Herbs, erect to ascending, rarely rooting at nodes. Roots sometimes tuberous. Stems sparsely branched, 8--39 cm, scabridulous or rarely glabrescent. Leaves: blade linear-lanceolate, 1--10 ´ 0.15--0.8 cm (distal leaf blades wider or narrower than sheaths when sheaths opened, flattened), firmly membranaceous, glaucous, glabrous. Inflorescences terminal, solitary, or frequently with 1--3 axillary inflorescences from distal nodes; bracts foliaceous. Flowers distinctly pedicillate; pedicels 0.8--1 cm, glandular-puberulent; sepals frequently suffused with red, glaucous, 4--6 mm, glandular-puberulent; petals distinct, bright blue to rose and purple, not clawed, 9--12 mm; stamens free; filaments bearded. Capsules 3--4 mm. Seeds 1.5--2 mm; hilum much shorter than seed. Flowering summer--fall (Jul--Sep). Moist canyons and stream banks; 1700--3000 m; Ariz., N.Mex.; Mexico (Chihuahua, Durango, Sonora).
Plant: perennial herb; scabridulous to scattered pubescent, the trichomes short, appressed; roots fibrous with occasional tubers; stems erect to ascending, sparsely branched, 10-40 cm. Leaves: linear-lanceolate, 1.5-13 cm long, 0.2-0.8 cm wide, the sheath membranaceous, glabrous INFLORESCENCE: terminal, solitary or frequently with 1-3 axillary inflorescences from upper nodes; bracts foliose, 2-6 cm long Flowers: pedicels 0.5-1.3 cm long, glandular-puberulent; sepals frequently suffused with red, glaucous, 0.4-0.6 mm long, glandular-puberulous; petals bright blue to rose and purple, 0.9-1.2 cm long Fruit: FRUITS 3-4 mm long, 3-valved, 3-locular; SEEDS 1.5-2 mm long, with hilum oblong to linear Misc: Grasslands, chaparral and grassy meadows in ponderosa pine forest, on granitic to limestone substrate; mesas and rocky hillsides; 1500-2750 m (5000-9000 ft); Aug-Nov REFERENCES: Puente, Raul, and Robert B. Faden. 2001. Commelinaceae. J. Ariz. - Nev. Acad. Sci. Volume 33(1).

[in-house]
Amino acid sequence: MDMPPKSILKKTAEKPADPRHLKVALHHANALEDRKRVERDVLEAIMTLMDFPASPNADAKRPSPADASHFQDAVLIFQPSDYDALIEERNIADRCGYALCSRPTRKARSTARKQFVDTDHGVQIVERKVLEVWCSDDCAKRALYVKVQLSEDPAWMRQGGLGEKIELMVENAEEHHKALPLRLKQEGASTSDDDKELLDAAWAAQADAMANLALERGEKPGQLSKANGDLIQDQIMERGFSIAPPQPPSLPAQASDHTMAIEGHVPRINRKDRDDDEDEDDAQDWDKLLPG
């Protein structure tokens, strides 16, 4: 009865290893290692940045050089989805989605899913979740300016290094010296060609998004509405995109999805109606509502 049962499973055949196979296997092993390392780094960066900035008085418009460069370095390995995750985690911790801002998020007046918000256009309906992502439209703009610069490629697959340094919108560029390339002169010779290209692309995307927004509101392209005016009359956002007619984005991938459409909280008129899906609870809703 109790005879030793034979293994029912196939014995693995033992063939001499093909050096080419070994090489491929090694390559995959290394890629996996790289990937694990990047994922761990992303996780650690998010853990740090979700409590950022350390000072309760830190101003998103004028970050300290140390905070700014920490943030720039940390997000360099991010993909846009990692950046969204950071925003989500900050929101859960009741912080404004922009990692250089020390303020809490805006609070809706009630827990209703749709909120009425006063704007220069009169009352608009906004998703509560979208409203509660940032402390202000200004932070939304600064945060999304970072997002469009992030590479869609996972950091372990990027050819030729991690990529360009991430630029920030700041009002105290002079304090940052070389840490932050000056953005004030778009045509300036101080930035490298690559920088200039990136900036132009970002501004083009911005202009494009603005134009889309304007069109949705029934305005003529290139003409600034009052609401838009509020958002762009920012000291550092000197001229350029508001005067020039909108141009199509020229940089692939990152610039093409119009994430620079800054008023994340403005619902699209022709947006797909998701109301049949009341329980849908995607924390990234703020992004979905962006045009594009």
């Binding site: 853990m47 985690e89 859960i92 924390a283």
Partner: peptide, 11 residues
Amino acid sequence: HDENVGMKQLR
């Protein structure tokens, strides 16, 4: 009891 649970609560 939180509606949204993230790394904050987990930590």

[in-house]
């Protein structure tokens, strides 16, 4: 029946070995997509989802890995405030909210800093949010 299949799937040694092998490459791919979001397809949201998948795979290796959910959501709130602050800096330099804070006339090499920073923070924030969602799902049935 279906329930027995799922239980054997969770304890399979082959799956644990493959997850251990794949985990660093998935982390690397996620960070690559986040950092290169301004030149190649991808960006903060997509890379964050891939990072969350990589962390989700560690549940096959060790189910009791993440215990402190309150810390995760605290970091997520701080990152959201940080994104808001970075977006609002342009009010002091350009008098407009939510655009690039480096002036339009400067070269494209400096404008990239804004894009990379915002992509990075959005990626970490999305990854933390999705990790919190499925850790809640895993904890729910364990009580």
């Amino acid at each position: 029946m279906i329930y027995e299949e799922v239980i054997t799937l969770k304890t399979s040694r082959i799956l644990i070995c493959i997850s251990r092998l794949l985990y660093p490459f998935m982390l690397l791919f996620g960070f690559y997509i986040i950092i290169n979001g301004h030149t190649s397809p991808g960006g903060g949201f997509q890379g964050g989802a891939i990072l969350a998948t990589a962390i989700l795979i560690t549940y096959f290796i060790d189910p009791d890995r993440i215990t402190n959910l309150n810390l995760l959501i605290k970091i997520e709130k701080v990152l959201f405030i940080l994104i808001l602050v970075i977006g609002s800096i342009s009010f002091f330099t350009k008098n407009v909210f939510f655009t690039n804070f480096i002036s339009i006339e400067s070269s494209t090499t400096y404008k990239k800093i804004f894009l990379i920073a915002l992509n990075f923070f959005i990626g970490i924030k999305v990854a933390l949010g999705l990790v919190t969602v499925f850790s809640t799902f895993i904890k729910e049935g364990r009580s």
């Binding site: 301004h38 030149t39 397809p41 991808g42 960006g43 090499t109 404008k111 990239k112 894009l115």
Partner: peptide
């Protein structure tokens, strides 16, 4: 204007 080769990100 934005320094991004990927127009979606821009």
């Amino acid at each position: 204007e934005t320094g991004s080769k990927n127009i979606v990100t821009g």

FNA 2000, Puente and Faden 2001
Duration: Perennial Nativity: Native Lifeform: Forb/Herb General: Erect, slender-stemmed herb, light grassy green, having 2 long, slender, spreading bracts at the base of each inflorescence, reminiscent of wings or antennae. Very lightly pubescent. Leaves: Blades linear and rolling inwards at the margins, to 13 cm long, giving the appearance of a grass blade, clasping at the base, linear venation evident. Flowers: Three petals light purple, rose, or blue flowers, subtended by 2 long, linear, spreading bracts, inflorescence single or sometimes in groups, all arising out of a single bract. Stamens feathery at the base, light purple, with bright yellow anthers. Fruits: Capsules 3-4 mm, 3-valved, with small seeds to 2 mm. Ecology: Found on granitic and limestone substrates, in wet areas on stream sides and in canyons, also found in grasslands, chaparral, mesas, and and pine forests, from 5,500-10,000 ft (1676-3048 m); flowering July-September. Notes: This lovely flower is easily recognized by its fabulous bracts, which remain even after the flower has faded. Ethnobotany: An infusion of the plant was given to livestock as an aphrodisiac. Etymology: Tradescantia is named after John Tradescant (1608-1662), English gardener to King Charles I, while pinetorum means of the pine forests. Synonyms: Tradescantia tuberosa, Aneilema pinetorum Editor: LCrumbacher, 2011